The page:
How many of us truthfully experience a Hallmark Christmas? I have watched the movies and read the books about those magical Christmases when all is bright--all is calm. My Christmases are truly magical, but not in a fairy tale way, but instead in a realistic -more of a I am human way. That lovely Christmas dinner we all sit down to enjoy in our Christmas best does not magically appear. In fact most of what we are convinced it takes to make Christmas perfect requires a great deal of work.
My early childhood did hold many a magical Christmas. My father loved Christmas with a childlike glee. Lights, decorations, stars, managers, and LOTS of gifts. Those years were filled with childlike amazement of all the fun and fantasy only a child can enjoy. And yet, I found myself wanting the rocket my brothers got for Christmas, not the Betsy Wetsy Doll. Would you rather launch a rocket or change a diaper on a forever wetting doll? Even as a child that hint of dis-satisfaction had crept in.
Fast forward to adulthood with children. I took up where my dad left off in the quest to make the perfect Christmas. Every year saw a frenzy of activity--lots of gifts, decorations that grew exponentially with the years--baking and candy making--visiting all the relatives--church plays-school plays--an exhausting frenzy of things to do. Usually by Christmas day, the kids were cranky, I was exhausted, and there was never quite the perfect Christmas.
An empty nest meant a different Christmas. My children were born in three different decades, so I had children still at home when the grands started coming. It only took one Christmas in a quiet house away from that sweet grand to realize that was never happening again. That year began my traveling Christmases. I still decorated, cooked, and partied, but the gift giving became simpler and easier. Christmas day would find me at one of the Grand's homes watching the wonder of Christmas once again through the eyes of a child.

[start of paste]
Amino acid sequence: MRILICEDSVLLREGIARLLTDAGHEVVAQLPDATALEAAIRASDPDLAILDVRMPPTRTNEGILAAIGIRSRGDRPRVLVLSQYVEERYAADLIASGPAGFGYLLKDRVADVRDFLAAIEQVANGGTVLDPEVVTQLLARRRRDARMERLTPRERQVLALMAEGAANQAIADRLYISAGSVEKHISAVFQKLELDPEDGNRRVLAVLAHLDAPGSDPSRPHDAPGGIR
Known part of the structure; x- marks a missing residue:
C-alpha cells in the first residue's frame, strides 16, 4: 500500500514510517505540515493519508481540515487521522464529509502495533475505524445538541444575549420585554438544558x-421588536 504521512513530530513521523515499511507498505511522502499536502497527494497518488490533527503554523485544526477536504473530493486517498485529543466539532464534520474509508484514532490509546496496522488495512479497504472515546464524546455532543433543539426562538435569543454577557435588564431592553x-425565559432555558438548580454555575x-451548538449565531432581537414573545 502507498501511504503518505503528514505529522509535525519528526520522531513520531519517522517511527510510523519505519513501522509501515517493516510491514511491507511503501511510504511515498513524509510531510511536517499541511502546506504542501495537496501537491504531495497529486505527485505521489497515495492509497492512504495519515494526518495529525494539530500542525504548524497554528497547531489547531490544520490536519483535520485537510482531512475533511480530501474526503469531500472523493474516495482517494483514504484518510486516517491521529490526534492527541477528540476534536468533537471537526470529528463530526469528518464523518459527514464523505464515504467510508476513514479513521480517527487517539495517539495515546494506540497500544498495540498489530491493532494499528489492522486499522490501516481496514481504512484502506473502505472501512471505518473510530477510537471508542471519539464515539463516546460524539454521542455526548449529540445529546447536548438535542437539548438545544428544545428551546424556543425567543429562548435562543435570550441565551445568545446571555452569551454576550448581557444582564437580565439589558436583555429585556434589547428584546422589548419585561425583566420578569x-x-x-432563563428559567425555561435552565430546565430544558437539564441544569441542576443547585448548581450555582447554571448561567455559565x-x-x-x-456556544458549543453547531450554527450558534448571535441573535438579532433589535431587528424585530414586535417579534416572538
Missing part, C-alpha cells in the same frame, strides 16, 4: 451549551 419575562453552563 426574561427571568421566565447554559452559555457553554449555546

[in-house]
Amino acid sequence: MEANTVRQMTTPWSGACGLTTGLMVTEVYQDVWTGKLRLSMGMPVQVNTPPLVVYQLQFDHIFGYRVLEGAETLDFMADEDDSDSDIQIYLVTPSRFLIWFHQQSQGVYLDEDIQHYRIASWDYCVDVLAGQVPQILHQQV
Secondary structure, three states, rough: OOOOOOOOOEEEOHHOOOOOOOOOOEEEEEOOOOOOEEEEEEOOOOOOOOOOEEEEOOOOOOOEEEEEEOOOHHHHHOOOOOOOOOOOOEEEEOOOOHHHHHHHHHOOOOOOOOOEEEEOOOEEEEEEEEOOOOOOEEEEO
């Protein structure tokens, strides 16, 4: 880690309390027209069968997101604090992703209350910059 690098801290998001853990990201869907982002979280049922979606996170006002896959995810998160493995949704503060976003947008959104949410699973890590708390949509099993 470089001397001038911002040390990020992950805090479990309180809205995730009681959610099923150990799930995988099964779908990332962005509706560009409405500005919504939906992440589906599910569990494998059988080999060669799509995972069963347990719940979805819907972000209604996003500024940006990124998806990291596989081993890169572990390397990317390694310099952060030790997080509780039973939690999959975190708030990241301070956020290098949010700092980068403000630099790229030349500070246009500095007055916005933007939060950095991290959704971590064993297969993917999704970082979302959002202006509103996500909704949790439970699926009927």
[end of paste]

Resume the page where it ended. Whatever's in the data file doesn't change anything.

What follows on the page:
New York City provided an explosion of what we have made Christmas. The sidewalks were crowded--so crowded you could hardly move. There was holiday cheer in abundance--occasionally you observed the cheer had been over indulged in. The lights were bright and the decorations lavish--all in an effort to entice the holiday shopper. It was surely Christmas on steroids.
Slowly I have realized what is truly important about Christmas. Christmas has not changed, but my attitude about what it takes to make a perfect Christmas has. Being with family and friends--decorating for the fun of it--not thinking it is required--cooking what is fun and we all love (this year it is Lulu's chili)--enjoying selecting those gifts and not stressing over the perfect gift.
Most important--I have come to realize the way to truly enjoy Christmas is taking the time to remember the Why. Stopping each day of the season and reflecting on Who we are celebrating. Remembering and standing in amazement that God chose to send His Son. Christmas has morphed in to the Most Wonderful Time of The Year--not because of the tinsel, the gifts, the dinners. Christmas is a reminder of the Great Love of a Great God and the birth of a tiny baby in a lowly manager--all those years ago. Christmas has morphed back to the simple one of years ago when in the silence of the night, with the stars shining bright, you can almost hear the cry of a new born babe.
MERRY CHRISTMAS, MY FRIENDS!
Glory to God in the highest, and on earth peace, good will toward men.